Just before his twenty-second birthday, when J. P. Boyce was editor of The Southern Baptist, he wrote an editorial welcoming the opportunity for a new resolve for holiness and usefulness presented by the new year. Boyce had graduated from Brown College under the presidency of Francis Wayland, had taken the post (gratis) as editor of the South Carolina paper, had been married for just over two weeks, was yet to enroll at Princeton, serve as pastor in Columbia, teach at Furman, and found the Southern Baptist Theological Seminary. The Southern Baptist Convention was three and one-half years old. On January 3 1849 (170 years ago), Boyce reminded his readers that with a new year we ought to begin a new life. We should isolate a “besetting sin to conquer,” pursue some “additional act of benevolence” and of “love to God.” In all, “let us,” he encouraged, “in beginning a new, also begin a holier, year of our lives.” We should, according to Boyce’s admonition, “display openly the evils which we find” in our hearts, make a “profitable display of them before God and our own minds,” with a view to being led “to repentance, which shall draw down upon us the blessing of forgiveness.”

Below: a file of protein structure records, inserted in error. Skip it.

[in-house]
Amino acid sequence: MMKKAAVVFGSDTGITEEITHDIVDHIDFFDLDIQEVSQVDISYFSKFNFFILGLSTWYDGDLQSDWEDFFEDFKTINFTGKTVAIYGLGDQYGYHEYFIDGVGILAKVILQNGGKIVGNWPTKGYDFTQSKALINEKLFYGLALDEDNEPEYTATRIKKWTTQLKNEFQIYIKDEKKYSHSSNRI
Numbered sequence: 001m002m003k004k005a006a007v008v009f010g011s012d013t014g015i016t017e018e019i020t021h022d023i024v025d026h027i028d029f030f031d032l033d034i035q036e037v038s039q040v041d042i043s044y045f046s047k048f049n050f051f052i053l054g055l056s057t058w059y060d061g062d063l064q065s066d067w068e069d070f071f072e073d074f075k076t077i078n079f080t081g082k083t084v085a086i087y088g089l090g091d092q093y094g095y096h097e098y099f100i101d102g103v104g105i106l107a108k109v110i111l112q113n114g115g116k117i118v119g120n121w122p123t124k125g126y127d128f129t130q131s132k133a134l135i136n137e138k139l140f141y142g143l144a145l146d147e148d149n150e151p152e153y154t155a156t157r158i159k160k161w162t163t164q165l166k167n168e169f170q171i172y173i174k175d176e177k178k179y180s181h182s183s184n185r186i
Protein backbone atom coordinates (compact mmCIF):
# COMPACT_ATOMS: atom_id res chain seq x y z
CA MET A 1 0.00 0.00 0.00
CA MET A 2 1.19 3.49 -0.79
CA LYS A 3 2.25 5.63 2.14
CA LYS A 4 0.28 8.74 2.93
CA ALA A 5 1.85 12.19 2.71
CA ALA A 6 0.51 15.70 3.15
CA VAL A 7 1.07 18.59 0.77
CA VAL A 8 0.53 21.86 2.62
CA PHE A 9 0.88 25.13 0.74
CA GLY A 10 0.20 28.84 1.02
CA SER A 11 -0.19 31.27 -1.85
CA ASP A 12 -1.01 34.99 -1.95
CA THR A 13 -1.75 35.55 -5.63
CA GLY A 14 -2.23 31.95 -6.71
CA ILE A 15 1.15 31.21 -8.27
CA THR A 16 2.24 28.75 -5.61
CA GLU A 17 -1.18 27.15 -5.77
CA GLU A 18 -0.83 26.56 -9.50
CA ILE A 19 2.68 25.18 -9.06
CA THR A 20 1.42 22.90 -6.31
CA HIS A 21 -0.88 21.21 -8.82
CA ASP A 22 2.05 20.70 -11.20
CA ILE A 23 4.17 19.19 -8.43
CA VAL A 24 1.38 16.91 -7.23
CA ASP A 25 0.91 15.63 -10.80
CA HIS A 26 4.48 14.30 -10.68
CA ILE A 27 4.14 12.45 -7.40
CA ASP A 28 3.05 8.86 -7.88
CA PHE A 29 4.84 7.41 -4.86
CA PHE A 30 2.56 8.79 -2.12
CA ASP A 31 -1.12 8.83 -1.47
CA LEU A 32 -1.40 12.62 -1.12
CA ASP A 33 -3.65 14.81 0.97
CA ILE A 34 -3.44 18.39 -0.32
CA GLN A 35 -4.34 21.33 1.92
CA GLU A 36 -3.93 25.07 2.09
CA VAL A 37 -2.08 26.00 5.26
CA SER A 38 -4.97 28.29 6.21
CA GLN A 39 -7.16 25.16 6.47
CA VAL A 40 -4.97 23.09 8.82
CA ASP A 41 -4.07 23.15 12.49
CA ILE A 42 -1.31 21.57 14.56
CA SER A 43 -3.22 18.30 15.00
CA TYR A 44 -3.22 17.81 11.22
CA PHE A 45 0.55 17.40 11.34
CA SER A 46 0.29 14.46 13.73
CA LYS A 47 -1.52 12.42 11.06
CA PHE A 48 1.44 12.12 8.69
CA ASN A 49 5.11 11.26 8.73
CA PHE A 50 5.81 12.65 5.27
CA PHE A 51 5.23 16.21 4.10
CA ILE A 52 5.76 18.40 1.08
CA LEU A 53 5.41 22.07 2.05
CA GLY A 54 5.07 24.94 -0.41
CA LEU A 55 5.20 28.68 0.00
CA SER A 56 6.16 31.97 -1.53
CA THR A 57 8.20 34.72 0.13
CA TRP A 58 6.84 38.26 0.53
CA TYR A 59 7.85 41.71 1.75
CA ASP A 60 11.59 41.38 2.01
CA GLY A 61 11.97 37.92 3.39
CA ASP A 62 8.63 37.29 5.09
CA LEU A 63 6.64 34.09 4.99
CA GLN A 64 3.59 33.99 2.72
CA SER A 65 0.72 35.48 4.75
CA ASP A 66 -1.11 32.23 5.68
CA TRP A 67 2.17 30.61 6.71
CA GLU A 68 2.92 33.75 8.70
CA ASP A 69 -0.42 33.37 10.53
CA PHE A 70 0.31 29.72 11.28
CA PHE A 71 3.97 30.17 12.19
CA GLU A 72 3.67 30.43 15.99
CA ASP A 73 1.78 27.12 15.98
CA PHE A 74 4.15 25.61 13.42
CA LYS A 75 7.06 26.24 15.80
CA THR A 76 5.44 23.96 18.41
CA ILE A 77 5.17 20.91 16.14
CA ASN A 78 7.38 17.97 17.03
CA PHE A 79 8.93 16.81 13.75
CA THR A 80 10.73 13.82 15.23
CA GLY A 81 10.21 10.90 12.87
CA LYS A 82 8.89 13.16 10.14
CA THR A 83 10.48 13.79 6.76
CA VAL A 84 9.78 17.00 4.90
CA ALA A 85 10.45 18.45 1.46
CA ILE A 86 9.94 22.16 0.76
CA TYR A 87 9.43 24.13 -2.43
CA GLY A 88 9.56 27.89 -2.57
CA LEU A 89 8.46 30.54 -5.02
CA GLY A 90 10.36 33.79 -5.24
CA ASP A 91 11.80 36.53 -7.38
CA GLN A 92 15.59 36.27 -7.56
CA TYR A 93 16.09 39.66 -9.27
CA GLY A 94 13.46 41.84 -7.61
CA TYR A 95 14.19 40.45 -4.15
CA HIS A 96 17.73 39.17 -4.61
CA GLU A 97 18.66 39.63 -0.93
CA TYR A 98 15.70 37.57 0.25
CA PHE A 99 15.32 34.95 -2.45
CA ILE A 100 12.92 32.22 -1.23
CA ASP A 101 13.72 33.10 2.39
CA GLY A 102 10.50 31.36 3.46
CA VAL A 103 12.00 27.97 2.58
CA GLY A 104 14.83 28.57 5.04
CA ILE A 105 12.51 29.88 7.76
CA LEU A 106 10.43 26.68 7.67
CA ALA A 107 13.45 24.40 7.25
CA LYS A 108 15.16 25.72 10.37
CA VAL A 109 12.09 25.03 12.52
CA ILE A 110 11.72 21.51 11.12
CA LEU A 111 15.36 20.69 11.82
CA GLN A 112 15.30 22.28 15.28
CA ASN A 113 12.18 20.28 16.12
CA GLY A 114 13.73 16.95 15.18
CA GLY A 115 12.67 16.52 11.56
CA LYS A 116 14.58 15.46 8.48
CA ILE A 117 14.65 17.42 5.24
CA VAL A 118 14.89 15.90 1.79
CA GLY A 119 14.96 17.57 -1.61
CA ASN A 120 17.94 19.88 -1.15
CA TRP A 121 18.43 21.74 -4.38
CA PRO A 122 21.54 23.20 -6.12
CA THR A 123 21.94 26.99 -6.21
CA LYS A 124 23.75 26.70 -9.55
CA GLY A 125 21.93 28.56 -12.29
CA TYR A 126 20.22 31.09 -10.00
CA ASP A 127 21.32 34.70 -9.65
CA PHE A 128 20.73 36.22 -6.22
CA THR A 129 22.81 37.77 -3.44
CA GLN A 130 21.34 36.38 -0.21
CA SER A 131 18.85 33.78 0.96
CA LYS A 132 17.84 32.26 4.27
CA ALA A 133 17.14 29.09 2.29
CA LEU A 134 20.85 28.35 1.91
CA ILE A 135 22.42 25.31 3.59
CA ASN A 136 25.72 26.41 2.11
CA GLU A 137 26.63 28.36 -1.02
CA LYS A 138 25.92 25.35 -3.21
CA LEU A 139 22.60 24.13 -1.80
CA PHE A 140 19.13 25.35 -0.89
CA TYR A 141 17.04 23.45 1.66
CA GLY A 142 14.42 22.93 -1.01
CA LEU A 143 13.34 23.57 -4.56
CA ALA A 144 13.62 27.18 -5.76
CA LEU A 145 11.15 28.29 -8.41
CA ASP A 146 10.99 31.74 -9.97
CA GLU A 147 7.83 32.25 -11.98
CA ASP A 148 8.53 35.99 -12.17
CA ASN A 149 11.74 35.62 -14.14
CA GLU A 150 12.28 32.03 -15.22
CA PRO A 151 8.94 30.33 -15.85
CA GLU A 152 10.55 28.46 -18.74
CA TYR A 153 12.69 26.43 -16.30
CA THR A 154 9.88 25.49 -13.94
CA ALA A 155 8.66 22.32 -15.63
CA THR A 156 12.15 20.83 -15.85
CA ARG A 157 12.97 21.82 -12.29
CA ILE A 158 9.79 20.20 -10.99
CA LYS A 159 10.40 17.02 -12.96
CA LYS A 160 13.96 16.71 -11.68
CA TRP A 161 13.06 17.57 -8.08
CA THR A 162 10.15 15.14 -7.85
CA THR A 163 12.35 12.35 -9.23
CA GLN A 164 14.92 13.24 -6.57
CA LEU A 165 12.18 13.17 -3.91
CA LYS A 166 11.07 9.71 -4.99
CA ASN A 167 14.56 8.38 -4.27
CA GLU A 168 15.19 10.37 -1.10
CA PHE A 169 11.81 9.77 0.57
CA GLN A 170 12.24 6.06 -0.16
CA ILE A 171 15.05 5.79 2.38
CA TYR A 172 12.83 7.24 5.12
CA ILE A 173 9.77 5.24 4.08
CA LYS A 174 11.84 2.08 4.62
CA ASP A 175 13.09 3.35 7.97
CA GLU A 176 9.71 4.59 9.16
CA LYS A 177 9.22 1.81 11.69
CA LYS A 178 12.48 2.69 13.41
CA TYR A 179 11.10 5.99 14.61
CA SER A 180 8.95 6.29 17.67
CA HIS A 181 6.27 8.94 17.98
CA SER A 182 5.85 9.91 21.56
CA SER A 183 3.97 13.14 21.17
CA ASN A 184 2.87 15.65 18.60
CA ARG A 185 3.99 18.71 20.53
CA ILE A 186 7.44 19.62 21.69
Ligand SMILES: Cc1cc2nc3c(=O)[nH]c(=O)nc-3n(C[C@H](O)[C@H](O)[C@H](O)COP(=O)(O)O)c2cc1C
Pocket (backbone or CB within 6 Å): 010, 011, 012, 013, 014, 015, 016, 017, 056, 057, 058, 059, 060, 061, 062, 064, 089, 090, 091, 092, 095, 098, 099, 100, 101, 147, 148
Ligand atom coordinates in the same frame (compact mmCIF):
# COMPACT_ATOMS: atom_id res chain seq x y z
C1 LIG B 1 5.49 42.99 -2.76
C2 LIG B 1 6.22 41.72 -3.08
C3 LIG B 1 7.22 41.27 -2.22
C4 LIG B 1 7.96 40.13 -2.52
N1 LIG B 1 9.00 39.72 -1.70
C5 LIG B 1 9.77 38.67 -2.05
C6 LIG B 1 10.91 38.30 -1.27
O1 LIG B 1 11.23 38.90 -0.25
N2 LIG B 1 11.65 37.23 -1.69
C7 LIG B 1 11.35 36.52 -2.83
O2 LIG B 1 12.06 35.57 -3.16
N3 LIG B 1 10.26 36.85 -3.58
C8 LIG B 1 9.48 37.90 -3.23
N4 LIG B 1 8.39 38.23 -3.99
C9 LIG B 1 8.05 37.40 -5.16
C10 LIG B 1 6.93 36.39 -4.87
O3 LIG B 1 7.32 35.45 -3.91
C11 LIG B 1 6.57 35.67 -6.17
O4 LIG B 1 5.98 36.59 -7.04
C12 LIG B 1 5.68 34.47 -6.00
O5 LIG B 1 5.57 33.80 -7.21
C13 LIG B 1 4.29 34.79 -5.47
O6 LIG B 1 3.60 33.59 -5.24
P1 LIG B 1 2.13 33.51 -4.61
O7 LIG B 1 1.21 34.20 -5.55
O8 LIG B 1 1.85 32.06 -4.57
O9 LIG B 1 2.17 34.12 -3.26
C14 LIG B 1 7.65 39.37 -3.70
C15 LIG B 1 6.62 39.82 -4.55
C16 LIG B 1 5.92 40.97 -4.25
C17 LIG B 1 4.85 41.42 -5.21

Boyce spoke of 1848 as a year in which “kingdoms have tottered, monarchs have been disrobed of their power, and the crown of royalty has been trampled in the dust.” Brutalities had abounded with an “utter disregard for the rights and interests of others.” (Some of the 1848 revolutions across Europe resulted in expanded democratic rights while others were eventually overcome with the restoration of absolute monarchies.) At the same time, France now was open to the gospel, Boyce noted, with only the resistance of the carnal human heart as an obstacle. Other fields of labor also called for devoted effort and support. “Our heavenly Father has work for us to do,” the young Boyce reminded his Baptist readers, “and how we should be straitened until it is done.” Most particularly, “it is the will of our Father that his Gospel should be spread throughout the world and to do his will should be our meat and drink.” Domestic missions and publication of sound material also should claim the resources and gifts of Baptists in the South so that the year may be looked back upon as one “spent in the service of our Redeemer.” The cross-currents of the temporal and the eternal, the political and the missional, the church and the state were prominent even in these short observations of Boyce so early in his ministry. The difficulty of discerning, much more of achieving, a pure detachment between these earthly and heavenly realities would only increase throughout his ministry. But, given the truth that God is both Creator and Redeemer, detachment is not the answer, but priorities, relationships, and navigation between their respective ports-of-call is perpetually the challenge for sinners who have been called as saints.